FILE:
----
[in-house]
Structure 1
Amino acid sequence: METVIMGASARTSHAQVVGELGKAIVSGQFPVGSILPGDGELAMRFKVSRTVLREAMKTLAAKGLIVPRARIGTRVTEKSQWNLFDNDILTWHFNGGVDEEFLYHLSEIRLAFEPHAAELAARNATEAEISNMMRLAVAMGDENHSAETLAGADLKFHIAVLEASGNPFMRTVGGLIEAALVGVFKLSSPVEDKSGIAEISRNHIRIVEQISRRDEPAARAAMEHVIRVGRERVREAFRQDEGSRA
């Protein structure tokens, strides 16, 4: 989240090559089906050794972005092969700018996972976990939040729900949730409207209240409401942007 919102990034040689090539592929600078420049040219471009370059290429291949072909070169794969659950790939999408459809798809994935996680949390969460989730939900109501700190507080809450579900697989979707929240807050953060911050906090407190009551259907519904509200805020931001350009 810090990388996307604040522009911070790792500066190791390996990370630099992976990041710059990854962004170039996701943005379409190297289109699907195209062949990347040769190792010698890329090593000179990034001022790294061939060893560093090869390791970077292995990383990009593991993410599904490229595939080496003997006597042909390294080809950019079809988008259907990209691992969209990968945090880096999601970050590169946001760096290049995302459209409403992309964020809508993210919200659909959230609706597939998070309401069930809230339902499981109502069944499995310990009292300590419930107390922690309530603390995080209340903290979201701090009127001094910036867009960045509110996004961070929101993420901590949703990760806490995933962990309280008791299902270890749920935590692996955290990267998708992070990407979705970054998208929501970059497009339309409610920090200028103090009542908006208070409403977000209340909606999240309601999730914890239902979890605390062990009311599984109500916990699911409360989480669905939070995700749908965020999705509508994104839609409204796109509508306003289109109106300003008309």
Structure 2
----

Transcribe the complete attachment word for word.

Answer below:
[in-house]
Structure 1
Amino acid sequence: METVIMGASARTSHAQVVGELGKAIVSGQFPVGSILPGDGELAMRFKVSRTVLREAMKTLAAKGLIVPRARIGTRVTEKSQWNLFDNDILTWHFNGGVDEEFLYHLSEIRLAFEPHAAELAARNATEAEISNMMRLAVAMGDENHSAETLAGADLKFHIAVLEASGNPFMRTVGGLIEAALVGVFKLSSPVEDKSGIAEISRNHIRIVEQISRRDEPAARAAMEHVIRVGRERVREAFRQDEGSRA
């Protein structure tokens, strides 16, 4: 989240090559089906050794972005092969700018996972976990939040729900949730409207209240409401942007 919102990034040689090539592929600078420049040219471009370059290429291949072909070169794969659950790939999408459809798809994935996680949390969460989730939900109501700190507080809450579900697989979707929240807050953060911050906090407190009551259907519904509200805020931001350009 810090990388996307604040522009911070790792500066190791390996990370630099992976990041710059990854962004170039996701943005379409190297289109699907195209062949990347040769190792010698890329090593000179990034001022790294061939060893560093090869390791970077292995990383990009593991993410599904490229595939080496003997006597042909390294080809950019079809988008259907990209691992969209990968945090880096999601970050590169946001760096290049995302459209409403992309964020809508993210919200659909959230609706597939998070309401069930809230339902499981109502069944499995310990009292300590419930107390922690309530603390995080209340903290979201701090009127001094910036867009960045509110996004961070929101993420901590949703990760806490995933962990309280008791299902270890749920935590692996955290990267998708992070990407979705970054998208929501970059497009339309409610920090200028103090009542908006208070409403977000209340909606999240309601999730914890239902979890605390062990009311599984109500916990699911409360989480669905939070995700749908965020999705509508994104839609409204796109509508306003289109109106300003008309």
Structure 2